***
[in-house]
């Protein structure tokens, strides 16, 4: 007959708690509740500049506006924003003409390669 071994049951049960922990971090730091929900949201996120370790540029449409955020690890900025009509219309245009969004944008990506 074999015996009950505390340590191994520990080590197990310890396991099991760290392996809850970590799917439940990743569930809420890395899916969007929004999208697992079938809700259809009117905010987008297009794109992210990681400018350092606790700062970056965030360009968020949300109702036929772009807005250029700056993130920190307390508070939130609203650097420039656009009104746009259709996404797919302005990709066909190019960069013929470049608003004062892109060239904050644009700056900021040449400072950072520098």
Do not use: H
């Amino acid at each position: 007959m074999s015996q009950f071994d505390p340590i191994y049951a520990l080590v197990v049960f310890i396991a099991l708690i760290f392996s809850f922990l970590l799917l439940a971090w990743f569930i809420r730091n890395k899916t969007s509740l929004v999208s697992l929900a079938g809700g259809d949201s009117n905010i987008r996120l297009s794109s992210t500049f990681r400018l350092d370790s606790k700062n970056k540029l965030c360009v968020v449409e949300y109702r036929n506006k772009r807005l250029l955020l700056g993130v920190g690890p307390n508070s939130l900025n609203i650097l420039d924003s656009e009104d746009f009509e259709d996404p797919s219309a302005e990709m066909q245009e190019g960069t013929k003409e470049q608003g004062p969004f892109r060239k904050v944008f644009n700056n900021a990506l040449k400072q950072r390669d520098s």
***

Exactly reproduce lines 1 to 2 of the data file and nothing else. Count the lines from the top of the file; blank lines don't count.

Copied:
[in-house]
């Protein structure tokens, strides 16, 4: 007959708690509740500049506006924003003409390669 071994049951049960922990971090730091929900949201996120370790540029449409955020690890900025009509219309245009969004944008990506 074999015996009950505390340590191994520990080590197990310890396991099991760290392996809850970590799917439940990743569930809420890395899916969007929004999208697992079938809700259809009117905010987008297009794109992210990681400018350092606790700062970056965030360009968020949300109702036929772009807005250029700056993130920190307390508070939130609203650097420039656009009104746009259709996404797919302005990709066909190019960069013929470049608003004062892109060239904050644009700056900021040449400072950072520098």